Comprehensive drug programs most effective
Random testing won’t solve all problems
If you want your work-site drug abuse program to succeed, experts warn you to offer more than the stick dangle a carrot, too.
"We try to emphasize the importance of comprehensive programming," notes Margaret Beaudry, MA, director of research with Washington, DC-based Drug Strategies, a nonprofit research organization. "The best kind of combination includes testing when appropriate, early identification and referral into assessment services like EAPs [employee assistance programs], giving employees the option to use treatment benefits on demand, and a last-chance’ agreement [i.e., a letter giving an employee the option to seek treatment, or be dismissed]."
Beaudry and others warn that random drug testing is an effective tool for identifying problem employees, but not for encouraging them to come forward for help.
Tim D. Plant, LCSW, MSW, MBA, senior vice president with the Center City, MN-based Hazelden Foundation, a nonprofit provider of recovery and education services, agrees emphatically. While noting that everybody wants a safe and healthy place to work, he also acknowledges that drug abuse in general, and testing in particular, can be uncomfortable and even controversial subjects for employees.
"Drug testing can be highly effective when it’s part of a comprehensive drug-free workplace program rather than something that stands alone," he explains. It is important, he says, that employees understand that they will be treated fairly, offered help and education, and won’t automatically be dismissed. (For a look at how to minimize your legal exposure when testing employees for drug abuse, see the related story on p. 5.)
While there are no hard statistics on how many "drug-free" workplaces there are in the United States, "I can tell you that the vast majority of most large and medium-sized companies are conducting one form of drug testing or another," says Daryl Grecich, a spokesman for the Washington, DC-based Institute for a Drug-Free Workplace.
Grecich adds that there has been a significant increase in the number of companies that incorporate drug testing into company drug policy. "In the early 1980s, only 3% of the Fortune 200 tested for drugs," he notes. "Today, over 98% do."
The anatomy of a program
Beaudry says the components of a comprehensive program should follow these basic guidelines:
• Education: Teach employees how to recognize substance abuse problems in themselves and in other employees, and how to seek help.
• Testing: Judicious testing, when appropriate, should be used as a tool for early referral to your EAP or a health professional. "It’s viewed by employees as punitive if you don’t also offer something supportive like an EAP," Beaudry explains.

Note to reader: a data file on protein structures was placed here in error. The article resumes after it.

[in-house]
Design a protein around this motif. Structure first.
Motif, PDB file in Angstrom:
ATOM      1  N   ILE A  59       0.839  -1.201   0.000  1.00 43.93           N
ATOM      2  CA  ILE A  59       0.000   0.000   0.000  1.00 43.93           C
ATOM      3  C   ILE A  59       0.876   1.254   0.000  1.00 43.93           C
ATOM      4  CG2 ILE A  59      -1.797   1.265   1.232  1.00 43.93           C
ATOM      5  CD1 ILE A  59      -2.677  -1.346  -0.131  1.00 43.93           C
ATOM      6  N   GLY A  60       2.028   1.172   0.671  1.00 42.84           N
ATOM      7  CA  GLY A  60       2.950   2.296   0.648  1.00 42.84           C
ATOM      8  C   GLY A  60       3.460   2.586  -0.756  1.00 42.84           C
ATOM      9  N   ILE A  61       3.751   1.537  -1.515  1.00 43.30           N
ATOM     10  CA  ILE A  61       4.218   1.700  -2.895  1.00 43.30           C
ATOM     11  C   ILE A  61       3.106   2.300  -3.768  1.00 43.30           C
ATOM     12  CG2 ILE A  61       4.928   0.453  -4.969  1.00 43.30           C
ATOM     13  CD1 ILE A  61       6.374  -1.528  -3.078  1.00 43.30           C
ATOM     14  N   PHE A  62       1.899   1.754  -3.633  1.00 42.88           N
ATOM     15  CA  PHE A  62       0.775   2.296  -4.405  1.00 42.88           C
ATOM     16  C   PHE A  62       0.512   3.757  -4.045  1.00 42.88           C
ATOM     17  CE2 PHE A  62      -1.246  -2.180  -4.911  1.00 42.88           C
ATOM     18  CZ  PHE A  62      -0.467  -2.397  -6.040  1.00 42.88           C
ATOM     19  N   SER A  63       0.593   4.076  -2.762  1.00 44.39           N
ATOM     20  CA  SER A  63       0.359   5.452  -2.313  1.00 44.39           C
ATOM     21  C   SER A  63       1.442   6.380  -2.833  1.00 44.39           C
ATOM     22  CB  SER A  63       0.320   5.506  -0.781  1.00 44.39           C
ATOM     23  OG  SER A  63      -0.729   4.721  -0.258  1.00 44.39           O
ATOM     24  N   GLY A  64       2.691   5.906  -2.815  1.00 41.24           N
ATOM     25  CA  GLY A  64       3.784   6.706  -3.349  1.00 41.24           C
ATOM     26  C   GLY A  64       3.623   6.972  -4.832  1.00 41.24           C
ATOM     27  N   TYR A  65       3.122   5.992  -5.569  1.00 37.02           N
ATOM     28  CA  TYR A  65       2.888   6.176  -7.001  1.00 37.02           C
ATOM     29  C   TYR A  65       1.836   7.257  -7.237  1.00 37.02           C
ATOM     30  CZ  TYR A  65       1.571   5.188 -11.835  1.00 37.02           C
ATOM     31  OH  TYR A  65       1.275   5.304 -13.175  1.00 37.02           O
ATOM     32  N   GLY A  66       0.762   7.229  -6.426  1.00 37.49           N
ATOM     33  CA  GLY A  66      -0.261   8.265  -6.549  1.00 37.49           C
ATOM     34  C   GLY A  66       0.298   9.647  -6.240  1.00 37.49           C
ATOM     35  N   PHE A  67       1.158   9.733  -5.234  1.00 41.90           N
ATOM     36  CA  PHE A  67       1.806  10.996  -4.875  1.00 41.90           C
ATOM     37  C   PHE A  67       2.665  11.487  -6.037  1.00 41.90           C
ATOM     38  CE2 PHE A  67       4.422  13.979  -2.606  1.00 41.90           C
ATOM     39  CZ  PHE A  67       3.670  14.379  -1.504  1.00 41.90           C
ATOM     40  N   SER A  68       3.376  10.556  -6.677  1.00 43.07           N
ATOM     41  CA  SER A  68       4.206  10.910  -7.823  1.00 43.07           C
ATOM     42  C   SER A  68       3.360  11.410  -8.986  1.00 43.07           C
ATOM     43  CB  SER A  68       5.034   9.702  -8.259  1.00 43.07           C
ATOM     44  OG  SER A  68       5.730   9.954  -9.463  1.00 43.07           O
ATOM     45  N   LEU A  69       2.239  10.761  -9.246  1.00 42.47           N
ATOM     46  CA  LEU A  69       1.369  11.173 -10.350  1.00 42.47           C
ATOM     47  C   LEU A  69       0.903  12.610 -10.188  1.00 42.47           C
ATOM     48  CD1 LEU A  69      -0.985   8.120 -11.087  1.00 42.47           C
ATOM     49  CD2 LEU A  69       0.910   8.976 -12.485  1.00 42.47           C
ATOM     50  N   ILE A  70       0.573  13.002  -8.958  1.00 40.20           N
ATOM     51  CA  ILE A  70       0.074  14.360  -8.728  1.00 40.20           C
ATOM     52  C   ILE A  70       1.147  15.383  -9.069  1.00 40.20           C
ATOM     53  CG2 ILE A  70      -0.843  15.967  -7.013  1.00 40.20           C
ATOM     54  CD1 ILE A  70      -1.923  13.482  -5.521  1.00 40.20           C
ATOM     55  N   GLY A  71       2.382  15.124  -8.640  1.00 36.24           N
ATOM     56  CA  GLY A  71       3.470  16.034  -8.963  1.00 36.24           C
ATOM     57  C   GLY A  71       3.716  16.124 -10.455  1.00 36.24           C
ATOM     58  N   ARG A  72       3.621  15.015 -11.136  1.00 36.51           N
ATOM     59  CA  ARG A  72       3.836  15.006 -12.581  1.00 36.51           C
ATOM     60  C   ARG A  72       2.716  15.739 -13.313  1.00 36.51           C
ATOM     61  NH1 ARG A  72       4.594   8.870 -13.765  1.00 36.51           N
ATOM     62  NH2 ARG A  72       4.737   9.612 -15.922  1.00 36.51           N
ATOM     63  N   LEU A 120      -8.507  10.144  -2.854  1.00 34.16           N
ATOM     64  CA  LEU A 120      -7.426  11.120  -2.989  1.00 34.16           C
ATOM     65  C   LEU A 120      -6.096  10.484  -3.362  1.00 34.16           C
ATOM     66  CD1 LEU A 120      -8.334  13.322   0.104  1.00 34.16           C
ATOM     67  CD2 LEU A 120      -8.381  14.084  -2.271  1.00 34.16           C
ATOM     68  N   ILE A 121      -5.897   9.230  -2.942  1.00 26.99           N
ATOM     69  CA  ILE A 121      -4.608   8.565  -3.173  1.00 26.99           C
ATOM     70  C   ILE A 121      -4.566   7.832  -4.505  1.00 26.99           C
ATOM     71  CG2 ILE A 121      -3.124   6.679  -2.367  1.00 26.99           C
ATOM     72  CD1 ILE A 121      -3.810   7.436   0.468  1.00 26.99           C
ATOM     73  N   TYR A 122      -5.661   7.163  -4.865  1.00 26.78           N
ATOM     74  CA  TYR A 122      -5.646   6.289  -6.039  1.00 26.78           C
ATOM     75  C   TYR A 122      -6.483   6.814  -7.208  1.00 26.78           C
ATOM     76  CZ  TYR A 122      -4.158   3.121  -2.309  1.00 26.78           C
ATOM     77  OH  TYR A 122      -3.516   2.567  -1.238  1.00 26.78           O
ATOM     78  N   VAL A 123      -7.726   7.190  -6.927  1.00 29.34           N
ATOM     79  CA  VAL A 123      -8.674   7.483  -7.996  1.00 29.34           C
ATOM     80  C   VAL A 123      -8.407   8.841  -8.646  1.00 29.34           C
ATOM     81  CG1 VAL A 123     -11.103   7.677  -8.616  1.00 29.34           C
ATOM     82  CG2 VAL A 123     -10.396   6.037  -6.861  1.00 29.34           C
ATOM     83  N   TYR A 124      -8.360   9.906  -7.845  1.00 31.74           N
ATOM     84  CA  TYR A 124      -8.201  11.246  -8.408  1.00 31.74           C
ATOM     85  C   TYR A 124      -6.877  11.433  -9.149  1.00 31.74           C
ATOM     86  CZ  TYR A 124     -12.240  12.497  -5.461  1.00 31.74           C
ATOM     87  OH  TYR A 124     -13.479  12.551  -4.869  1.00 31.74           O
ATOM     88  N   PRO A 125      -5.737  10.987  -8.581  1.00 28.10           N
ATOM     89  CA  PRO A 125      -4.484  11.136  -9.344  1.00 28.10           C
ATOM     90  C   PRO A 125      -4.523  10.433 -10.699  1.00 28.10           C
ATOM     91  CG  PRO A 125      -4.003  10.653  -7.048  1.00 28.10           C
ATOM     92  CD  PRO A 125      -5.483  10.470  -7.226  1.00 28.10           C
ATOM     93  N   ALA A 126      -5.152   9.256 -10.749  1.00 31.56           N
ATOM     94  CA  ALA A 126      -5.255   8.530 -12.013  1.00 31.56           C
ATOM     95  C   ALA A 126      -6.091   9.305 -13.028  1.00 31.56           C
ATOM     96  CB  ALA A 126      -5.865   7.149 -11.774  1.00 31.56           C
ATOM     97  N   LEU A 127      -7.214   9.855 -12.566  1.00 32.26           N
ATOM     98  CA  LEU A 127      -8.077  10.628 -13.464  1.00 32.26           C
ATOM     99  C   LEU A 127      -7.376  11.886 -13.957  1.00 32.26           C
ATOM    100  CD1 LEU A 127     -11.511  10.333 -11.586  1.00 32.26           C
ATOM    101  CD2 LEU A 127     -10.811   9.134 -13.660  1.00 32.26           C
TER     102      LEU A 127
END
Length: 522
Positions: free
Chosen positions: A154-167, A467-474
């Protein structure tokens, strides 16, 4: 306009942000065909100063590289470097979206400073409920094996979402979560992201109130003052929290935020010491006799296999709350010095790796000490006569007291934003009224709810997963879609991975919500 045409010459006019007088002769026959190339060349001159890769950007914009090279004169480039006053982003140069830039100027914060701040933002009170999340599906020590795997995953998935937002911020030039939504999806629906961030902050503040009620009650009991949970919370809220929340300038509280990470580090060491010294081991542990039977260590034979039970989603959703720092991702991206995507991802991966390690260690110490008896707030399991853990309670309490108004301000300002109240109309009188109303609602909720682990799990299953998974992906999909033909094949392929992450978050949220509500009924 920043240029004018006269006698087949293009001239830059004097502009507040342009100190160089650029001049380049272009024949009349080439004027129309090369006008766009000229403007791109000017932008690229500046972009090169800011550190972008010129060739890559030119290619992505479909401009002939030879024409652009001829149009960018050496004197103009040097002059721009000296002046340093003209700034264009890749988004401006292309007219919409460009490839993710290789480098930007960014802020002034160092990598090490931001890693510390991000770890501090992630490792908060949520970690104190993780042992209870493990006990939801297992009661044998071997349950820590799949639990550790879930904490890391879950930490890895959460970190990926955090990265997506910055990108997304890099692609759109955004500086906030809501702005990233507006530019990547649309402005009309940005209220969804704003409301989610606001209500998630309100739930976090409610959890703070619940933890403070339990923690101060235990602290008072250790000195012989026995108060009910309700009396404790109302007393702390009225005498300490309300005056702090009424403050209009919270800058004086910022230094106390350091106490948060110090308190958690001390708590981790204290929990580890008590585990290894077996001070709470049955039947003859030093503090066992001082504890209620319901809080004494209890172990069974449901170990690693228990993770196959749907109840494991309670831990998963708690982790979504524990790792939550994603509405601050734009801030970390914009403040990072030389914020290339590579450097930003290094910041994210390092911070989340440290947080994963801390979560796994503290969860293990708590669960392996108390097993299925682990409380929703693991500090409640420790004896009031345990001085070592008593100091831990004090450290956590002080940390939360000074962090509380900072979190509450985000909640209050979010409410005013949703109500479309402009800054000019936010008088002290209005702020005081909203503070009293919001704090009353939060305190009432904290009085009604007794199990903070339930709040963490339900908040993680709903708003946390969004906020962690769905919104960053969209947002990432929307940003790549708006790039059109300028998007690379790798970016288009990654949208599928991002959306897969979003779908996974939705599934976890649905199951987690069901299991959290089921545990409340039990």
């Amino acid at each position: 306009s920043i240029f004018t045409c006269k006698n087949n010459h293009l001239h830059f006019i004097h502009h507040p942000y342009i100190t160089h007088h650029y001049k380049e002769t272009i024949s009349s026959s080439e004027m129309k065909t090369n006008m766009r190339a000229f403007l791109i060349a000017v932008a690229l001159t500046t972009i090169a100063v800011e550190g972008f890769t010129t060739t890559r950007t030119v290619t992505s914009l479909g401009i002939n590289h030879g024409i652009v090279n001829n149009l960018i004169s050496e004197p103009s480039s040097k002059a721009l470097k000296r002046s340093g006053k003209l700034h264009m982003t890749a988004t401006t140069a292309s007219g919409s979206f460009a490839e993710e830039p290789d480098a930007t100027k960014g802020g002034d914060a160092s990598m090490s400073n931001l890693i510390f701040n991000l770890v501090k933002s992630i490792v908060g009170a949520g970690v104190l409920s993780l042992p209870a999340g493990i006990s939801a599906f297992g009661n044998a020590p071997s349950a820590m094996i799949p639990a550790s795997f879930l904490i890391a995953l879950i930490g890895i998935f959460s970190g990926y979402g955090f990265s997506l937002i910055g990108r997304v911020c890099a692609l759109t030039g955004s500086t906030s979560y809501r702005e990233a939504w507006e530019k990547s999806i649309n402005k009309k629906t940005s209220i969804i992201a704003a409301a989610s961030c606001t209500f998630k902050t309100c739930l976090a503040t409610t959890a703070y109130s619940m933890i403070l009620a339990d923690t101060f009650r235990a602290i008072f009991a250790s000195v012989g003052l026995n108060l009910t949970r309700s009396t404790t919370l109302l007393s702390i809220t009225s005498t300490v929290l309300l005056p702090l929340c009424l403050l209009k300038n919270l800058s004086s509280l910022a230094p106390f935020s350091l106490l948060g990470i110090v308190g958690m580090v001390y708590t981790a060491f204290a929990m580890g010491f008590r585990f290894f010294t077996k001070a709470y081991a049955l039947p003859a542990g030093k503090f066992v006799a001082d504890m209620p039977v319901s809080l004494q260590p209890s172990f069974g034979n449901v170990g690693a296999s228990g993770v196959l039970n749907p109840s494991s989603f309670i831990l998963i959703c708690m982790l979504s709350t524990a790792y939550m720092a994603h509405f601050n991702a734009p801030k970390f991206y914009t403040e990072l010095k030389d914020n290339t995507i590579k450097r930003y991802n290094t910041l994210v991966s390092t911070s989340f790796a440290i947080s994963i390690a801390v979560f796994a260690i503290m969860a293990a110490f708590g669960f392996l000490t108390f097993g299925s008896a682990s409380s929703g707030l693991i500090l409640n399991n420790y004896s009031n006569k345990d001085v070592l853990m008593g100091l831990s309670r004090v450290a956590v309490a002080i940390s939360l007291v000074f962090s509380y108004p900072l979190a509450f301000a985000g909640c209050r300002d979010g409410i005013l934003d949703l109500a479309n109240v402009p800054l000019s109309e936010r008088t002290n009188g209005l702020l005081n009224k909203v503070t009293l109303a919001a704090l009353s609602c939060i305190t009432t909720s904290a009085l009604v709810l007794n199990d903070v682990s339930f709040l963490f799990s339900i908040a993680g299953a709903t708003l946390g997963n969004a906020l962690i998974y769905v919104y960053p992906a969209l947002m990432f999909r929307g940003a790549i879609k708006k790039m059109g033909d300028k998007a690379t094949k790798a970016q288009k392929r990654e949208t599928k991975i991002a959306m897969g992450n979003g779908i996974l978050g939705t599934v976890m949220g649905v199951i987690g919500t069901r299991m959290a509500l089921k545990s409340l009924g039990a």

• Treatment through your employee benefits package: "Negotiate a benefits package with your health plan that includes a full continuum of care, including follow-up," she advises.
• Clear policies supported by disciplinary action: This includes a "last-chance" agreement, a written document that basically states that the employer recognizes the fact that the employee has a disease, but also believes he or she requires ongoing treatment and testing. It also states that if the employee doesn’t meet those demands, the employer does not have to continue employing him or her.
Before’ and after’: Keys to success
Two key factors education and comprehensive benefits offer employers a tremendous untapped potential for savings, say Plant and Beaudry. Education can limit costs through prevention and/or early intervention, while extended follow-up care, ironically, will also mean a much healthier bottom line.
A recent survey by Hazelden showed that while 68.4% of the employees responding said they would feel comfortable talking to fellow employees about drug abuse, fewer than 20% have ever actually approached another employee. (See accompanying chart, inserted in this issue.) "This is the most significant finding of the survey," says Plant. On one level, he says, this gap between willingness and action is due to the fact that employees believe the process is more complicated than it really is. "A simple conversation can turn a person’s life around," he says.
Wellness and EAP professionals can help employees overcome this reluctance through basic education, says Plant. This can include brochures, videos, and optional or required orientation programs. Getting communication materials to family members is also critical.
"I encourage health and wellness programs to do something about drug abuse before it causes obvious problems in the workplace that’s where the real savings are," he says.
Beaudry says follow-up benefits could be another significant source of savings. "There’s an absence of coverage in many private plans, including many HMOs, of outpatient, long-term follow-up services," she notes. "It’s extremely inexpensive, and really necessary."
Most plans cover detoxification, recognizing it as a medical necessity, but that’s not sufficient, Beaudry insists. "And detox is actually quite pricey, while outpatient group counseling might be free, or as little as $5 to $10 per visit."
There’s a widely held myth that employees in outpatient programs always relapse, says Beaudry. "It [follow-up treatment] actually does improve long-term outcomes," says Beaudry, whose organization just completed an extensive study on substance abuse treatment and program utilization. "In addition, long-term health care costs of families of substance abusers are reduced after treatment," she adds. "When one person gets it together, other family members tend to pursue preventive measures themselves."
[Editor’s note: For more information about drug abuse programs and utilization, contact Margaret Beaudry at: Drug Strategies, 2445 M St. NW, Suite 480, Washington, DC 20037. Telephone: (202) 663-6090. Fax: (202) 663-6110.]